The U.K and China are planning to link their stock exchanges. The London-Shanghai Stock Connect, as it will be known, will allow companies listed on one venue to issue shares on the other. It’s the latest cross-border push by China to increase access to its financial system and broaden the reach of its companies and currency. But don’t expect a surge in late-night trading.
1. So it’s not a trading link?
Correct -- time zones and rule differences make that all but impossible. The tie-up between the London Stock Exchange and the Shanghai Stock Exchange will, however, give Chinese companies the ability to raise capital in Europe’s largest equity market. London-listed companies will be able to issue shares, but not raise fresh capital, in China. The London end of the link was expected to start Dec. 14, but that date came and went. Uncertainty around Brexit and outstanding announcements from China’s State Administration of Foreign Exchange were cited by Chinese media as among the reasons for the holdup.
2. Which companies will use it?
That’s the big question. To date, the shortlist of possibles was headlined by Huatai Securities Co., China’s No. 3 brokerage by market value. It’s got approval from China’s securities regulator to issue global depositary receipts, or GDRs, in London. (GDRs are types of bank certificates that are backed by a domestic share of a foreign company). Bluestar Adisseo Co., an animal-nutrition firm, was also said to be weighing a London listing. While so far only HSBC Holdings Plc has expressed interest in heading eastbound, Goldman Sachs Group Inc. analysts expect some blue-chip brand names with a long trading history to take up the opportunity.
3. Why does China want stock links?
Its strict capital controls limit the funds that people and companies can move in and out of the country. Access to its financial markets is possible only through official channels such as trading links and investment quotas such as the Qualified Foreign Institutional Investor program that began in 2002. China’s flagship link is its stock connect with Hong Kong that opened in 2014. That tie-up allowed investors to trade mainland-listed stocks through Hong Kong, and vice versa. A similar link that opened in July 2017 permits investors to buy Chinese bonds through Hong Kong, though not the other way around.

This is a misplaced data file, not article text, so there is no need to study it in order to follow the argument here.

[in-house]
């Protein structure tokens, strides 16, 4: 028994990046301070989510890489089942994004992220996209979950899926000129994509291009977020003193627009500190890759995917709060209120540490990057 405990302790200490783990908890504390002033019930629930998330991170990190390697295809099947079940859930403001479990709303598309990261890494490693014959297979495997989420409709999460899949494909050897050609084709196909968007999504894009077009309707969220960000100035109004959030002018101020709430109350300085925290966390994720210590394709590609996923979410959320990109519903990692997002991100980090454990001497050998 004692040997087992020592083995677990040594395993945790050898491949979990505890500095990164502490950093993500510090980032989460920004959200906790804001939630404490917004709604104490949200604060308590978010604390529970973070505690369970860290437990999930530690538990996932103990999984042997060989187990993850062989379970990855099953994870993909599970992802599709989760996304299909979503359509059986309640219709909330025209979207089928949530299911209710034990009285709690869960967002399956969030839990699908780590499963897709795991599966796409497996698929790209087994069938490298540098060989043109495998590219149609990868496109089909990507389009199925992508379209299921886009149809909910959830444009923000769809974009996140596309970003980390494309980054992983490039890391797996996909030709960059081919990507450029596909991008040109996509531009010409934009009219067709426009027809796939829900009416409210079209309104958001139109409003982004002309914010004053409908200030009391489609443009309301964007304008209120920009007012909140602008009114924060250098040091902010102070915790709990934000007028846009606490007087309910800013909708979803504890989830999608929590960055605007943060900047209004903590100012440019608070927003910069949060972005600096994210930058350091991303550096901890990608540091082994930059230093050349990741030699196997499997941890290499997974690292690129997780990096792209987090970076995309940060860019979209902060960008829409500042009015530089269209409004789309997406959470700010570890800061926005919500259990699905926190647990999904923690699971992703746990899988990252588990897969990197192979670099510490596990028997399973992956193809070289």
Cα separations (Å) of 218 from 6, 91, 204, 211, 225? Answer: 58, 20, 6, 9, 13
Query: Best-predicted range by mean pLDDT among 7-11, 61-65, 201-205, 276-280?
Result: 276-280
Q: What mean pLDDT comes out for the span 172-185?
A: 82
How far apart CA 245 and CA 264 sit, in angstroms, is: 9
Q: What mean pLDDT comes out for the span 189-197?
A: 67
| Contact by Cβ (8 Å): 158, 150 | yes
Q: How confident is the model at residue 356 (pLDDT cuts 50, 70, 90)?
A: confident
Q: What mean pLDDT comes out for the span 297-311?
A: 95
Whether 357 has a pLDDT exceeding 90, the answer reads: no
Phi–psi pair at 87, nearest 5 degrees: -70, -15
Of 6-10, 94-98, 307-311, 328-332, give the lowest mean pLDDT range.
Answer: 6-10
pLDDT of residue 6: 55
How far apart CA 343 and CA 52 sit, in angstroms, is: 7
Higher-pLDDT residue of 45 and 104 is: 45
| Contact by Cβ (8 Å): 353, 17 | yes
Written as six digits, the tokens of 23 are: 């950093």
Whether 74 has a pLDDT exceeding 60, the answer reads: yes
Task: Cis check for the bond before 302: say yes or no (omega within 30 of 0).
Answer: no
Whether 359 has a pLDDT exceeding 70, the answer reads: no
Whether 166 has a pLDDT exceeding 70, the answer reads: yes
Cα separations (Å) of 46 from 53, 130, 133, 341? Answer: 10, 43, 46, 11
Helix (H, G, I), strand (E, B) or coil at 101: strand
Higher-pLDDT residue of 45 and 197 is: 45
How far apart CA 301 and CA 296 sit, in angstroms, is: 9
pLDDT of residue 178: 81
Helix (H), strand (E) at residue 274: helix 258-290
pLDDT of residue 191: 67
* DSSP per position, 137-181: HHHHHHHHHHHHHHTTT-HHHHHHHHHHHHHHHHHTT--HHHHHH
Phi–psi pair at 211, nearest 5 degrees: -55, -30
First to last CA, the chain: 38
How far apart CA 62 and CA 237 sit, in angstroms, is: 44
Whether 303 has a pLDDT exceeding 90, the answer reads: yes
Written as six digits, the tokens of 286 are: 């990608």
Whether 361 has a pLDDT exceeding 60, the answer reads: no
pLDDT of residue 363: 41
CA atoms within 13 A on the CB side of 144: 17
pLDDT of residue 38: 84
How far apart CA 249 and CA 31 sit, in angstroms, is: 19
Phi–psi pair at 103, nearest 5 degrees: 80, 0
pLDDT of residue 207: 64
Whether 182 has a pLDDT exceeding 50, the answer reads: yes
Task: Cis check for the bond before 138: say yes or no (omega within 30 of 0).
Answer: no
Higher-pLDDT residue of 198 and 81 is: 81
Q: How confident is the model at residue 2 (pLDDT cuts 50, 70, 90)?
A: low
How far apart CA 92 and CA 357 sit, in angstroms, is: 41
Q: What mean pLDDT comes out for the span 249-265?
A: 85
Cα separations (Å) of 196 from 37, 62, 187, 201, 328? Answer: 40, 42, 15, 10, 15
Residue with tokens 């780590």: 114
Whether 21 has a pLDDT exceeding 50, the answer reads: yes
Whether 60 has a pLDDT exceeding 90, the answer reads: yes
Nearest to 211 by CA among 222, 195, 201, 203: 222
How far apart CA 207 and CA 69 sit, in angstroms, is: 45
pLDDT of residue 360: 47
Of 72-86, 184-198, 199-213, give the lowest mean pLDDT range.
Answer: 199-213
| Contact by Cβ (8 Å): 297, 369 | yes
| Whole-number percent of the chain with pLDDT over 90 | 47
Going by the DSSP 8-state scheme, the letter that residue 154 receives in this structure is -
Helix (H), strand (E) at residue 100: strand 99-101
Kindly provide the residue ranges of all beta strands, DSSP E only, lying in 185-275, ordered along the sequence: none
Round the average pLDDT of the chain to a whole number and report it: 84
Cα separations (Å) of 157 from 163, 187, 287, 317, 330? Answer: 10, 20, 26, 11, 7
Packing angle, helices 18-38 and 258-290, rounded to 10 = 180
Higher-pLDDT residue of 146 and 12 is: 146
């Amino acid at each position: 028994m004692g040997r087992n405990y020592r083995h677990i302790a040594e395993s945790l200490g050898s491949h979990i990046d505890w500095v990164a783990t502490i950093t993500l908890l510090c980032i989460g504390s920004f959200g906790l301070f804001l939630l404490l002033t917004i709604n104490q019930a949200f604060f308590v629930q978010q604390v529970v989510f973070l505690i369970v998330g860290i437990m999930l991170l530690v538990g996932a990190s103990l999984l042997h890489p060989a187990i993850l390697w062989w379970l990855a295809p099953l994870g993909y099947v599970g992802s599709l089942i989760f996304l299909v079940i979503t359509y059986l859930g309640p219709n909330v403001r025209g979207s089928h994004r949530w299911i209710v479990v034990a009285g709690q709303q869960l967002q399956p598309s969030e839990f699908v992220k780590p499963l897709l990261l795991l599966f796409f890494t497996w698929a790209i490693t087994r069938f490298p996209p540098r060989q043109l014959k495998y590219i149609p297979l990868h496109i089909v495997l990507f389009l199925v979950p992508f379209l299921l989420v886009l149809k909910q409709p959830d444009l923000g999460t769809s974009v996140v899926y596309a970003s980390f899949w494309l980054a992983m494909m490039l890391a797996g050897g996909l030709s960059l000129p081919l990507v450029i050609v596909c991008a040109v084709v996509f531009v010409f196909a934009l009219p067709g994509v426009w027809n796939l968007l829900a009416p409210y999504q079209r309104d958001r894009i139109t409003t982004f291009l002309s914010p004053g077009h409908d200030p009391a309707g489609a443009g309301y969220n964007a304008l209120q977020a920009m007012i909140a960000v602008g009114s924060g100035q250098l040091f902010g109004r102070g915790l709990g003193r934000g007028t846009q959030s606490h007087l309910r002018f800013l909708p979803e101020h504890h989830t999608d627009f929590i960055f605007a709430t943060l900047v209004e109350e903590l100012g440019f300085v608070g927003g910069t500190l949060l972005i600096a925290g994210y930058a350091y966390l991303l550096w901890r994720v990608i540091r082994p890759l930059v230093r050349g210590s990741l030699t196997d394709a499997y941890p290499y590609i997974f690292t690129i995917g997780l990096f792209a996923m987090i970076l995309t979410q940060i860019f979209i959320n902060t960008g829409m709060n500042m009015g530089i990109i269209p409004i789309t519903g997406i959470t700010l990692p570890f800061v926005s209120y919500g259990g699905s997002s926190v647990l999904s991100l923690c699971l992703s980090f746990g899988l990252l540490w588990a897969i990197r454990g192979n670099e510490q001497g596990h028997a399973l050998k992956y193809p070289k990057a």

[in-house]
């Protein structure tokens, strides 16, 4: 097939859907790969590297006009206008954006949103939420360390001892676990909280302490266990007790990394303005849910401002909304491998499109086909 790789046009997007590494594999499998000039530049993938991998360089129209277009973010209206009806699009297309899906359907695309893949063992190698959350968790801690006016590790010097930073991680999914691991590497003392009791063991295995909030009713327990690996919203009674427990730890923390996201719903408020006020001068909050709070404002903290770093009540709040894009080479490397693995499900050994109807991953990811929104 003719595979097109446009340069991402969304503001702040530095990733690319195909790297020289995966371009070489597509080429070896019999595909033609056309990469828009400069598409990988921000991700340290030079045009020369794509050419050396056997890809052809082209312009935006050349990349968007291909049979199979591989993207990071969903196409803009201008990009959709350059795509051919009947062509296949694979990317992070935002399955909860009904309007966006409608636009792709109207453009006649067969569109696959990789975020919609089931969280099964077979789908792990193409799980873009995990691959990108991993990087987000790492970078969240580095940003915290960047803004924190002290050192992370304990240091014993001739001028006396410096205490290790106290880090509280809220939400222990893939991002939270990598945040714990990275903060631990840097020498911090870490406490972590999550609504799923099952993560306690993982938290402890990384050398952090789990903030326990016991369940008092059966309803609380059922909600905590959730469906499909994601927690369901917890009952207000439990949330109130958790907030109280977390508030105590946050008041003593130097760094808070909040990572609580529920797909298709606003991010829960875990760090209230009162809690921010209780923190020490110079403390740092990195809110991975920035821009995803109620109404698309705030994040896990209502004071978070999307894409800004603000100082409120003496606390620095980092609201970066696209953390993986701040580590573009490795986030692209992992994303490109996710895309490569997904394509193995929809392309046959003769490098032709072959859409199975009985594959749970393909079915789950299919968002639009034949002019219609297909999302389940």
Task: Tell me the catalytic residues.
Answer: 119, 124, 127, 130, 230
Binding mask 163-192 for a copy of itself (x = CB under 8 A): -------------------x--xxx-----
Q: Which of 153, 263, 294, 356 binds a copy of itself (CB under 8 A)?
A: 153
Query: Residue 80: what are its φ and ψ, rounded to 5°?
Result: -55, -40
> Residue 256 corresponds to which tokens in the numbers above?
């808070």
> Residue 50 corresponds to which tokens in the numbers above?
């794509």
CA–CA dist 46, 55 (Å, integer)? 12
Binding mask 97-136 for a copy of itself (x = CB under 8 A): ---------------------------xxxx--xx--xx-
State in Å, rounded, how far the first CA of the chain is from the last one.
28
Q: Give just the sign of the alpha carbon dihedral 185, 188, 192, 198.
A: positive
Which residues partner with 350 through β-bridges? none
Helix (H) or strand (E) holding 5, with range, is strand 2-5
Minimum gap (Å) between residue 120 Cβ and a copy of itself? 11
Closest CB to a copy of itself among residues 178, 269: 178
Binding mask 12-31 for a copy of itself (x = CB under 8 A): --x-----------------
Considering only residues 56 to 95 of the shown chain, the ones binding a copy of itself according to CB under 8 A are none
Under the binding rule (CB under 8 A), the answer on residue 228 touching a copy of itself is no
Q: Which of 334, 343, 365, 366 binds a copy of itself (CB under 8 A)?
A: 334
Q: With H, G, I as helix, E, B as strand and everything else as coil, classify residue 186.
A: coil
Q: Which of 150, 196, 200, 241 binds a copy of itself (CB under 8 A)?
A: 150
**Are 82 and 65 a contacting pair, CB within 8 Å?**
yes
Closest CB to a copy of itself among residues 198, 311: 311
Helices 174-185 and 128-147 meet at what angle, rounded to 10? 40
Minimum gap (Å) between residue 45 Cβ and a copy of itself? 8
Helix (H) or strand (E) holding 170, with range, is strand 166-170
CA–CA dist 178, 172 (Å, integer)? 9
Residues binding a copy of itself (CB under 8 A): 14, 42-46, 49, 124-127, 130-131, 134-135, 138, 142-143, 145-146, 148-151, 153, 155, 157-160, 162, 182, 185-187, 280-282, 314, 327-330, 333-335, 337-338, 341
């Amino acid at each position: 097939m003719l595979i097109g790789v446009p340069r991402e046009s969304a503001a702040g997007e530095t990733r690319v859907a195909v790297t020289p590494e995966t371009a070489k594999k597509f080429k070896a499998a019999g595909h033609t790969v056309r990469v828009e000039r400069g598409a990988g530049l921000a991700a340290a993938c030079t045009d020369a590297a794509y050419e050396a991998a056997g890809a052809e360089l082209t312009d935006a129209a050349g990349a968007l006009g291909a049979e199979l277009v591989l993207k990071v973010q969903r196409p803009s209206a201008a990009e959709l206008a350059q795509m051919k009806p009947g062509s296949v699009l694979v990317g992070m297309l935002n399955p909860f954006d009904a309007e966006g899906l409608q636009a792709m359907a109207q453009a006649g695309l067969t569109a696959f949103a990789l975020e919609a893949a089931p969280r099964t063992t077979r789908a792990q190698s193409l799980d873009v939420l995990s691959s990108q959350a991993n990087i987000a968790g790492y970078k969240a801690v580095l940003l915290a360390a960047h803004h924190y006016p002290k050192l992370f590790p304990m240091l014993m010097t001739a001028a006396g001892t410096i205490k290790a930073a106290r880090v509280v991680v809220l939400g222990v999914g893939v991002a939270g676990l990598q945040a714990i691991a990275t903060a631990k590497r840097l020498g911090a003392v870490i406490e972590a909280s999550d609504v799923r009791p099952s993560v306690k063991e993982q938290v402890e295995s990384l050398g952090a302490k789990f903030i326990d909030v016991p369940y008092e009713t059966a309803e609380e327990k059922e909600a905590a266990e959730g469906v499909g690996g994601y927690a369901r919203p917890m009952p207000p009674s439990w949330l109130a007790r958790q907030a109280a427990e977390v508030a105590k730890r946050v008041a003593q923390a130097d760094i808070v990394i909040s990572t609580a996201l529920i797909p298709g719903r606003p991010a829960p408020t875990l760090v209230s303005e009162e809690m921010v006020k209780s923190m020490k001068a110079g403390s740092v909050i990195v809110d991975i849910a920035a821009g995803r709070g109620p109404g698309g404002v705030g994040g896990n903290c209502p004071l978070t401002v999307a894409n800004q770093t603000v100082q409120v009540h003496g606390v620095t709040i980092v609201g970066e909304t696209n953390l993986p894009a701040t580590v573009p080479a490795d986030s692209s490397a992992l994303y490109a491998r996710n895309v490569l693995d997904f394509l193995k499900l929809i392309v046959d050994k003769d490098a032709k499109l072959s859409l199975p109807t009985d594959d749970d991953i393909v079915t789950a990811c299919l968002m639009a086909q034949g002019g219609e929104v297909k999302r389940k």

4. What will the London-Shanghai Connect mean for investors?
That’s another big question. For Chinese traders and fund managers, it’s a chance to buy into some globally renowned companies and broaden their investment universe. The appeal to investors in London is less clear, since many companies that will list in the U.K. are already available to buy through the Hong Kong link. That said, there is a draw for U.K. fund managers who are restricted to purchasing London-listed stocks. Index compilers MSCI Inc. and FTSE Russell have recently warmed to mainland-listed shares, which should translate into higher demand from funds in London. If the link succeeds, it could serve as a template for projects between China and other markets. To be sure, Germany’s China Europe International Exchange has seen only light trading in Chinese-linked securities.
5. What are the rules?
The connect is restricted to shares in companies with a market value of at least 20 billion yuan ($2.9 billion). U.K. candidates must have been listed for at least three years and will be able to issue depositary receipts in Shanghai, according to Chinese state-run media. Chinese investors with a minimum 3 million yuan in securities and fund accounts will be able to buy the U.K. GDRs. As for Chinese companies seeking to raise funds from new shares in the U.K., they will be allowed to issue a maximum 15 percent of their share capital.
6. What about China’s capital controls?
There will be constraints, such as a cap on the number of GDRs a company can issue. It looks like investors will be able to swap London-listed depositary receipts for company stock in Shanghai, though restrictions will apply. Limitations stem from China’s desire to keep its capital controls in place and not have investors freely exchange yuan-denominated shares for stocks in another currency, according to Fraser Howie, author of “Red Capitalism.”
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